Copyright 2015 datarecovery.com.sg
Data Recovery for RAID Server
As technlogy progresses by leaps and bounds, cheaper and larger-size hard disks are being produced at lower costs, much like the rest of modern commodity items. More and more users are now storing their ever increasing data, music, photo and video on their hard disk drives. It is now also common for home user to own RAID based NAS server, once considered a very rare luxury that only could be afforded by few. It is also easy for small business owners to own DAS or SAN RAID storage system due to overall lowering of price.
There are many common RAID levels such as RAID 0, RAID 1 (or commonly known as mirroring), RAID 1 + 0, RAID 5 and Raid 6. Though Raid level 1, 5 and 6 provides some kind of redundancy, it is never a full-proof solution against data loss. Nonetheless, too many people have the misconception of fault tolerance of RAID server without practising frequent backup. In fact, some even treat the current RAID system as the working system cum ultimate backup. As a result, they are frequently caught in a desperate situation when the RAID systems fail without warning, depsite the built-in redundancy.
As failures of RAID system normally involve lost of huge amount of data stored over many years, such data lost could be traumatic for companies or home users. Often, incorrect rescue techniques out of desperation could worsen situations and hamper the recovery effort at a later stage.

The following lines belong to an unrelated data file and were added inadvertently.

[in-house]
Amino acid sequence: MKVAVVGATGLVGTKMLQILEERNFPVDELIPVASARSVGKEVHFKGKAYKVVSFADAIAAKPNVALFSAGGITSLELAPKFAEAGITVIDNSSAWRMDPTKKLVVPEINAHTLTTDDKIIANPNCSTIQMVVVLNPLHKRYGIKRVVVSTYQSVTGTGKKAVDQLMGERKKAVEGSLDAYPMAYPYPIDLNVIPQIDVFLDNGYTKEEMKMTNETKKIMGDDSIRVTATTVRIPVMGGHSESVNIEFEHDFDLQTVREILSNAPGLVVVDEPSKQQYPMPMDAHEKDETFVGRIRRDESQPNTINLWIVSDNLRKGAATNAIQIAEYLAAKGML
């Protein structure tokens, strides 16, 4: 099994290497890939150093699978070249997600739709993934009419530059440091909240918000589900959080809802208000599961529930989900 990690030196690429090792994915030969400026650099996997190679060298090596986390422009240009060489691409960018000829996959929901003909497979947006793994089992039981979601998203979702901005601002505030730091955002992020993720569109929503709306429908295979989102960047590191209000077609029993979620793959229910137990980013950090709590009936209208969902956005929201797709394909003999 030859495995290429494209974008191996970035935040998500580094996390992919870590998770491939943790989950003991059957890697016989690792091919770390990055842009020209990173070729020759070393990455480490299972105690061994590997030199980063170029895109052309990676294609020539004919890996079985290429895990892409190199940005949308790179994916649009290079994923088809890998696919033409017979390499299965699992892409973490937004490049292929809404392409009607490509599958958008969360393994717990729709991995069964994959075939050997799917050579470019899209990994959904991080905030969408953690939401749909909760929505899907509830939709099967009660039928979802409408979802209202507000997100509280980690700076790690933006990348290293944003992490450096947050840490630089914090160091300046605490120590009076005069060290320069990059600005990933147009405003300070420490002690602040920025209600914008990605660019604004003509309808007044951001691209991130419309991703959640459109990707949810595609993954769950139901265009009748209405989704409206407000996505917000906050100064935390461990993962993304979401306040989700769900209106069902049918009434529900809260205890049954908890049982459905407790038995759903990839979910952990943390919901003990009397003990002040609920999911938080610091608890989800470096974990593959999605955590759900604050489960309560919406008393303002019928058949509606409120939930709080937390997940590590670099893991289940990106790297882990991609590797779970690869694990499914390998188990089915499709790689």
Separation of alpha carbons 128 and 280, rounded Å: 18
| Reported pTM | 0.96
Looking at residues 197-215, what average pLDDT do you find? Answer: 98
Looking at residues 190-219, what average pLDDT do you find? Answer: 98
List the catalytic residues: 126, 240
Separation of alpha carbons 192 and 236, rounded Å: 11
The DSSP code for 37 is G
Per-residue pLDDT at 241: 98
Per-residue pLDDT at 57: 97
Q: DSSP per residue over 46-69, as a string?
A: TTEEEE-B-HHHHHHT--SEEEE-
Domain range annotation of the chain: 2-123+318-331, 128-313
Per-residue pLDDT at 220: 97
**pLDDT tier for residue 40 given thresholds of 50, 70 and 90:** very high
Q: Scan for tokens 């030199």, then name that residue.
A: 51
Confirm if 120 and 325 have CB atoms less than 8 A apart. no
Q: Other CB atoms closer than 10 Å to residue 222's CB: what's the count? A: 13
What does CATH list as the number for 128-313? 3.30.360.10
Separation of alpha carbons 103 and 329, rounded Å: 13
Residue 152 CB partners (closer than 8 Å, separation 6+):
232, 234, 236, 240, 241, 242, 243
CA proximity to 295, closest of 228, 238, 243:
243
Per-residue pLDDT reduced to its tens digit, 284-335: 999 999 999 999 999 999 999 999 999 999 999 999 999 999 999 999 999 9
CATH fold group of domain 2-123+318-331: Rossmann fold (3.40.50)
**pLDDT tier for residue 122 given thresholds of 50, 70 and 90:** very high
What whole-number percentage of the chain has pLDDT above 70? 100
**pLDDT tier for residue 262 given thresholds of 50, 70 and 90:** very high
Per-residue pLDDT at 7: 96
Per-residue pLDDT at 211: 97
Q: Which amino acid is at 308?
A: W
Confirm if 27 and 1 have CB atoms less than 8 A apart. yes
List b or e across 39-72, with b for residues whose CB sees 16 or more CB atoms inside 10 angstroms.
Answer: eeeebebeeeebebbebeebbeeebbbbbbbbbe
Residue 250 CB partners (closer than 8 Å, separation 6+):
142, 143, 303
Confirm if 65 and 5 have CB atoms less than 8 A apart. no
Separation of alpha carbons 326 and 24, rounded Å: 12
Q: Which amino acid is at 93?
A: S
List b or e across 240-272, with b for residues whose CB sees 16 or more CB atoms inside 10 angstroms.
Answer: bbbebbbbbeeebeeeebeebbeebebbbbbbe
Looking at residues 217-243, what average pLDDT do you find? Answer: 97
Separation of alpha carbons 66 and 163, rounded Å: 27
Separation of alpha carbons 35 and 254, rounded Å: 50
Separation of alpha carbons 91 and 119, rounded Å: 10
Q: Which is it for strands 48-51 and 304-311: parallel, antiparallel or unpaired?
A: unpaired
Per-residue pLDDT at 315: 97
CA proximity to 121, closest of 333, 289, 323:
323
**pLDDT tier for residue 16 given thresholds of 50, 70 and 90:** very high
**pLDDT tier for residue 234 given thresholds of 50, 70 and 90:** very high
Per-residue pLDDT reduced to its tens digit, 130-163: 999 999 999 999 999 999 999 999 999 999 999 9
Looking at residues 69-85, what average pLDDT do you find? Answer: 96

Based on past job records, nearly all RAID failures are recoverable if there is minimum user attempts after failure. In fact, all the unrecoverable cases are due to botched rebuild before the RAID systems are sent in. In such cases, full recovery is not possible though some data remnants may be still recoverable if they had not been completely overwritten.
It is also good to know the RAID do's and don'ts in case of raid server failure. If the raid system is still running at degraded mode, depending on the amount and critical level of data, appropriate actions should be taken to reduce loss of data before considering any data recovery action.